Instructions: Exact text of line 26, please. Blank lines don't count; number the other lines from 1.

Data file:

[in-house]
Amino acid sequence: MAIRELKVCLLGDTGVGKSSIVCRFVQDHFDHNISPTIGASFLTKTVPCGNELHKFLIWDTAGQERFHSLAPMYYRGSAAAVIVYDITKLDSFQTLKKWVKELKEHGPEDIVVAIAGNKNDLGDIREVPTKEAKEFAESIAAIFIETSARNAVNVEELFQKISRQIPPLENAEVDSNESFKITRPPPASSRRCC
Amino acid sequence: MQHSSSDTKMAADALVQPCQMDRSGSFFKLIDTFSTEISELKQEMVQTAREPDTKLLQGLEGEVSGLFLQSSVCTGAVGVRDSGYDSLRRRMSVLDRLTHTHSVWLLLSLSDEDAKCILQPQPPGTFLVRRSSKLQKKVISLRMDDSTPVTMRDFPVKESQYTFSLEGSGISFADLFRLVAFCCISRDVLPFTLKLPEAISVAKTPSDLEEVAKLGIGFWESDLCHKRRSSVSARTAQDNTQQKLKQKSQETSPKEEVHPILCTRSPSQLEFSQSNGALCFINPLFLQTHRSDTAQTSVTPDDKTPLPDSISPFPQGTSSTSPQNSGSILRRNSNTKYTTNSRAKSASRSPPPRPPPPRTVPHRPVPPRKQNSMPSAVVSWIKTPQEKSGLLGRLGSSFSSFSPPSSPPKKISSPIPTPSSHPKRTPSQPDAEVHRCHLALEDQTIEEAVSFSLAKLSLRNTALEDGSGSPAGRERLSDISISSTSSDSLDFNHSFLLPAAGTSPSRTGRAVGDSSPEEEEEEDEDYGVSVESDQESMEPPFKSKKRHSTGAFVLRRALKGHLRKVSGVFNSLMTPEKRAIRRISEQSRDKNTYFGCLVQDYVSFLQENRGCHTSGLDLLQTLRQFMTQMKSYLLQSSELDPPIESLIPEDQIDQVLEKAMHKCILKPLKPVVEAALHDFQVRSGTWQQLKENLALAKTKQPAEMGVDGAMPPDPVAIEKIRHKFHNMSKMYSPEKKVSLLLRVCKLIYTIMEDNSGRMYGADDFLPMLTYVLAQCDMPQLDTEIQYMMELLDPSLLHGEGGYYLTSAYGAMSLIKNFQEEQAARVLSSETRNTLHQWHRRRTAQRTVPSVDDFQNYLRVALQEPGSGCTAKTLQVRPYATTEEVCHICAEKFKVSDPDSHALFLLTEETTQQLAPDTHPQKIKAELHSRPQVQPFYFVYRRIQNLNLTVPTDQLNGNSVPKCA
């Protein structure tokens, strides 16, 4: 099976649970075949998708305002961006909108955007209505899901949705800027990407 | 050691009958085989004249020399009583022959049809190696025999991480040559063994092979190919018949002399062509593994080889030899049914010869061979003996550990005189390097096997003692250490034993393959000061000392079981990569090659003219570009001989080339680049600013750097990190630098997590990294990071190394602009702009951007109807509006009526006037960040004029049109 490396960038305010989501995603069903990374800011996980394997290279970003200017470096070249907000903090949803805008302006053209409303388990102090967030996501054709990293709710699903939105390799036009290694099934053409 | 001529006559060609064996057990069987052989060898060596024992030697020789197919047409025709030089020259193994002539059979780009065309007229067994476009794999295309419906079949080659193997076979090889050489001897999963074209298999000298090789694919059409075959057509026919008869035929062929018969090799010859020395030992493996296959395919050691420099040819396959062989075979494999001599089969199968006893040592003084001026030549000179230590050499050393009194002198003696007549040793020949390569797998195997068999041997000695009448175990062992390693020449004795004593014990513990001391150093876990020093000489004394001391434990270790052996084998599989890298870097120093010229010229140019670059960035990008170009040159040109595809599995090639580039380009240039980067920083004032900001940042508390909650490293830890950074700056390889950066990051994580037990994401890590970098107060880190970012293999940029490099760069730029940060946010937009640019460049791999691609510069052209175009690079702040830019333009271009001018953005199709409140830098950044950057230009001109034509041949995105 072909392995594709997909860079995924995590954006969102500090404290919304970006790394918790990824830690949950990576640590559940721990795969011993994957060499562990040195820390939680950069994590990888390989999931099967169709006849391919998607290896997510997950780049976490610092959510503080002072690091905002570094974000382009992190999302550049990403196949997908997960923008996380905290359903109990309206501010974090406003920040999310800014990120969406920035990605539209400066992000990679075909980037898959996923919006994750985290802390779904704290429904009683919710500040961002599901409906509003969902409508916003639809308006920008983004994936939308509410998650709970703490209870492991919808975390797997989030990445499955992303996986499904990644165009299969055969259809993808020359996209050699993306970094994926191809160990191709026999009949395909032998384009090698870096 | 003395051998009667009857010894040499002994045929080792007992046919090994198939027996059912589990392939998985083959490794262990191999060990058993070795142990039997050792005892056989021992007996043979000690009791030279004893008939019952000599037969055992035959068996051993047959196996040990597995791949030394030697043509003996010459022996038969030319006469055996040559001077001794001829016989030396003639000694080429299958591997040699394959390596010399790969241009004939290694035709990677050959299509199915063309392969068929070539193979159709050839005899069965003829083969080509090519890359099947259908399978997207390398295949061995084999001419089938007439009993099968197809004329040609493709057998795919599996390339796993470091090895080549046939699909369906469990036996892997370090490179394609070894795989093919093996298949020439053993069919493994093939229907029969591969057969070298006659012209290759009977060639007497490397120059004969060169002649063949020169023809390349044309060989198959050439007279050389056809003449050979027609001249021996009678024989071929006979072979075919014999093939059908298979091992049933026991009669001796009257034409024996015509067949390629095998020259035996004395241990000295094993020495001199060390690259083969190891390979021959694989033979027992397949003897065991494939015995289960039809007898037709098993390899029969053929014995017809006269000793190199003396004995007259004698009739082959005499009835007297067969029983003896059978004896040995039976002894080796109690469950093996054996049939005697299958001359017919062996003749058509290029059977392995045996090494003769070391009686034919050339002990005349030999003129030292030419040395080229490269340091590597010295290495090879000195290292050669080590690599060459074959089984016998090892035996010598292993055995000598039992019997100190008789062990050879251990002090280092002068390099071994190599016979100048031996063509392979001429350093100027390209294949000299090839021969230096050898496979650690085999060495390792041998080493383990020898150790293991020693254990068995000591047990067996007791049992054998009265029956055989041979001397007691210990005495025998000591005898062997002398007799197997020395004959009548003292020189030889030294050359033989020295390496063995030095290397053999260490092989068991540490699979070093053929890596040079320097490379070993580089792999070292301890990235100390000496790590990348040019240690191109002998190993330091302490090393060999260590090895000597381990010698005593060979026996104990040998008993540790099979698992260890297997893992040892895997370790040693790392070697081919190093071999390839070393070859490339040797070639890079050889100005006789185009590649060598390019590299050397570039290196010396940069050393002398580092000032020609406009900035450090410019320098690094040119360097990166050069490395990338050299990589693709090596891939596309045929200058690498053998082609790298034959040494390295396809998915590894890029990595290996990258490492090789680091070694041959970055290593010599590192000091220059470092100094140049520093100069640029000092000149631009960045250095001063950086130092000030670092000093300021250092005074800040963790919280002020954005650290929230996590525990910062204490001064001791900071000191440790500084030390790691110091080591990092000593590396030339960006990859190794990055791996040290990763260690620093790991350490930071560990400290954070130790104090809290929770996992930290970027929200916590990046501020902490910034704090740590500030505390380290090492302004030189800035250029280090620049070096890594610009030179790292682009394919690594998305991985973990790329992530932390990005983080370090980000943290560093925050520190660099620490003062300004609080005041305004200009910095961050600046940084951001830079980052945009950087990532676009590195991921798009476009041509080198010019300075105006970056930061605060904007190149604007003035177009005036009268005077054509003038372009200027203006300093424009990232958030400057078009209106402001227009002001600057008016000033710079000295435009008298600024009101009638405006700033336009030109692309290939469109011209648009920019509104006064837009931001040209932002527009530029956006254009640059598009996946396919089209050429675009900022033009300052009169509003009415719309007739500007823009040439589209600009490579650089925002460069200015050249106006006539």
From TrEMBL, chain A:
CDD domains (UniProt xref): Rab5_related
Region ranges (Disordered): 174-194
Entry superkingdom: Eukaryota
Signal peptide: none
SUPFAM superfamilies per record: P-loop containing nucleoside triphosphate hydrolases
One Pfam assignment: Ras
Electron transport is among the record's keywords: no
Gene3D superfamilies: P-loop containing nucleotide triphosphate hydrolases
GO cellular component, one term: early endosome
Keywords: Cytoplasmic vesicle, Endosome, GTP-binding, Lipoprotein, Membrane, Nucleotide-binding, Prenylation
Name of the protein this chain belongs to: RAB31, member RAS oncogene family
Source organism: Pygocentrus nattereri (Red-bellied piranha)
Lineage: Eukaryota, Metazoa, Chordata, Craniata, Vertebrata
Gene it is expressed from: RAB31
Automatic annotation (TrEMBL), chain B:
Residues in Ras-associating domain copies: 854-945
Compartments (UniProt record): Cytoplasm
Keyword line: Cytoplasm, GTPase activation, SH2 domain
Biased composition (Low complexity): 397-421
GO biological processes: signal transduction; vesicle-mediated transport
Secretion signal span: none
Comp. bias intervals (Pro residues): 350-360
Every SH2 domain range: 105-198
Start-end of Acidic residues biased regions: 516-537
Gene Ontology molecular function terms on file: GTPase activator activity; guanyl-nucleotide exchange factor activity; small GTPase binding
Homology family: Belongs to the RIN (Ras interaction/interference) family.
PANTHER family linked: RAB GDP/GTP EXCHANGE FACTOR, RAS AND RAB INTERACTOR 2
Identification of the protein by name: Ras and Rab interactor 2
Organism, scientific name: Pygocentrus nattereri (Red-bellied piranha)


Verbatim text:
Secretion signal span: none